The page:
Queens Nassau Rehabilitation and Nursing Center received 11 citations for violations of public health laws between 2015 and 2019, according to New York State Department of Health records accessed on January 2, 2020. The facility has also received two fines: one $10,000 fine in April 2018 over findings of multiple health code violations; and one $20,000 fine in November 2011 over findings it violated health code provisions regarding quality of care and physician visits. The Far Rockaway nursing home’s citations resulted from a total of four inspections by state surveyors. The deficiencies they describe include the following:
1. The nursing home did not proper follow infection prevention and control policies and procedures. Under Section 483.80 of the Federal Code, nursing home facilities must design and execute “an infection prevention and control program designed to provide a safe, sanitary and comfortable environment” for residents. An August 2018 citation found that Queens Nassau Rehabilitation and Nursing Center did not ensure staff performed “proper hand hygiene between residents to prevent the spread of infections.” An inspector specifically observed a Licensed Practical Nurse administering medications without performing hand hygiene. An inspector also observed the Licensed Practical Nurse in question assisting a resident with care and opening medication for another resident without performing hand hygiene in between. The citation states that this “deficient practice was observed on multiple occasions.”
2. The nursing home did not ensure the provision of services by qualified persons in accordance with residents’ plans of care. Section 483.21 of the Federal Code requires that “services provided or arranged” by nursing home facilities and outlined in residents’ comprehensive care plans must be “provided by qualified persons in accordance with each resident’s written plan of care.” An April 2017 citation found that the nursing home did not ensure one resident received services in accordance with their plan of care. The citation specifically states that while the resident had been ordered by a physician to wear a right hand mitten, the resident was observed not wearing such. The mitten was intended to prevent the resident from pulling out their feeding tube, according to the citation, which notes that a Certified Nursing Assistant said in an interview that she “was under the assumption that as long as the resident is calm the mitten does not have to be on.”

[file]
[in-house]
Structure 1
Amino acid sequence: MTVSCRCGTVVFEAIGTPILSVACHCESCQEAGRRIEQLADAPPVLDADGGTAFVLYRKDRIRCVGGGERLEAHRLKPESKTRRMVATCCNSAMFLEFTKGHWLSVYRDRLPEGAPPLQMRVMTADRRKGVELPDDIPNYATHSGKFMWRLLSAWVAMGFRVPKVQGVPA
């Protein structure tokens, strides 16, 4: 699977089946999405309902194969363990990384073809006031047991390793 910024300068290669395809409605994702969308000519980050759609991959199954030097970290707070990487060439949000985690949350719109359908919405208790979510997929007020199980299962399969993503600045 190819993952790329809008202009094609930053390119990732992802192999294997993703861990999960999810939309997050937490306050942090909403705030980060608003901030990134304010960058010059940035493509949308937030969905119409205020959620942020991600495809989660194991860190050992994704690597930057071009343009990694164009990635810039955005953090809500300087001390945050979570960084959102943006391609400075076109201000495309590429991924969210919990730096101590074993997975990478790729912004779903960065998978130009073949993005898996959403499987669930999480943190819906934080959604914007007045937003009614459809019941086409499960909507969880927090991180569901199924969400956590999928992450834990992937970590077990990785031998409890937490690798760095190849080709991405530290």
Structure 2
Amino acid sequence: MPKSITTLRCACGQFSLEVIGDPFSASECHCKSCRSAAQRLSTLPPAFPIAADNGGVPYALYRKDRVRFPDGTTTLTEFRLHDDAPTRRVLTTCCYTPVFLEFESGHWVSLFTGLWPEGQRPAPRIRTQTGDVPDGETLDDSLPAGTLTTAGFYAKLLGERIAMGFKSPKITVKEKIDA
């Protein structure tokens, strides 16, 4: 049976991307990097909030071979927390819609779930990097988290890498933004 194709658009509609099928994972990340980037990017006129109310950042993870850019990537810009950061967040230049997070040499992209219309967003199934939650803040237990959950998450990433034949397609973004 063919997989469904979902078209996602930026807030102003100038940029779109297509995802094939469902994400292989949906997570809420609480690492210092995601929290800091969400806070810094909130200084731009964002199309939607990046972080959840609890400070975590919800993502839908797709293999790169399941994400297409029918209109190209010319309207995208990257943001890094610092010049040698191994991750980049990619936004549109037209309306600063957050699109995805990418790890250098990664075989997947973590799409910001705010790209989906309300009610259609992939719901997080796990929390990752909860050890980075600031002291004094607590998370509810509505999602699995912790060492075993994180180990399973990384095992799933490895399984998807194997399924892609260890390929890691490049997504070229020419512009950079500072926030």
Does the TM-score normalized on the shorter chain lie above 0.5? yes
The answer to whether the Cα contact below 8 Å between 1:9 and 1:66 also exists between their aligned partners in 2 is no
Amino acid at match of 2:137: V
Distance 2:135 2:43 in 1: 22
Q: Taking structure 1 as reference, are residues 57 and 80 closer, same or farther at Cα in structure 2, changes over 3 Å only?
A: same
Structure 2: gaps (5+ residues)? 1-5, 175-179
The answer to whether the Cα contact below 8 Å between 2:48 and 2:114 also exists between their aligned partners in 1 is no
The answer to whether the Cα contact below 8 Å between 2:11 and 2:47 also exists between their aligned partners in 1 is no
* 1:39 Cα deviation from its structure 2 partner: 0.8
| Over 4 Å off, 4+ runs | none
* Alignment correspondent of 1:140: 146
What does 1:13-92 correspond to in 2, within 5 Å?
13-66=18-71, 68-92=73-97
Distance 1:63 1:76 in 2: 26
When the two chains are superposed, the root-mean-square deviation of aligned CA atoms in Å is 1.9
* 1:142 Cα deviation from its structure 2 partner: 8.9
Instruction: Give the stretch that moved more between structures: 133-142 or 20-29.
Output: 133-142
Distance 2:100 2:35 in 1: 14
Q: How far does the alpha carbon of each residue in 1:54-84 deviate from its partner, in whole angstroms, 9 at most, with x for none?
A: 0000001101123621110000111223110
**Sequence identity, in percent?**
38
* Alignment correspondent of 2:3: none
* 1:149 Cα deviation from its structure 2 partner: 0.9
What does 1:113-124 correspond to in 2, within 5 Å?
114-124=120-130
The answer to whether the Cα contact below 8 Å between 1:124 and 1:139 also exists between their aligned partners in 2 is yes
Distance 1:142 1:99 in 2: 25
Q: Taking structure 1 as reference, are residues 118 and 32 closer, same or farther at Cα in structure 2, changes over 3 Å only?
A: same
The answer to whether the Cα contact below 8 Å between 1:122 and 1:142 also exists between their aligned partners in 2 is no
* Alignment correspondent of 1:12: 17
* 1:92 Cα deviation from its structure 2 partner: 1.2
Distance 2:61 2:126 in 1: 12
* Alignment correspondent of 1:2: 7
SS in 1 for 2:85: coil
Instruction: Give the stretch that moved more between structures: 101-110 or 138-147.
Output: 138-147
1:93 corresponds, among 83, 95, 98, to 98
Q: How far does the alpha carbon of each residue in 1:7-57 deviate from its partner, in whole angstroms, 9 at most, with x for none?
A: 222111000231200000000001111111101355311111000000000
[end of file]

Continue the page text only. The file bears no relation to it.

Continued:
3. The nursing home did not ensure residents received necessary treatment to maintain vision. Under Section 483.25 of the Federal Code, nursing homes are required to provide residents with “proper treatment and assistive devices to maintain vision and hearing abilities,” including by arranging for and facilitating specialist appointments. A March 2016 citation found that the nursing home did not ensure one of its residents with adequate services to ensure they received timely vision treatment. The citation specifically states that after a resident’s optometry appointment, recommendations made in that appointment were not addressed for two weeks. The citation states that this deficiency had the “potential to cause more than minimal harm.”
The attorneys at the Law Offices of Thomas L. Gallivan, PLLC work diligently to protect the rights of nursing home residents. Please contact us to discuss in the event you have a potential case involving neglect or abuse.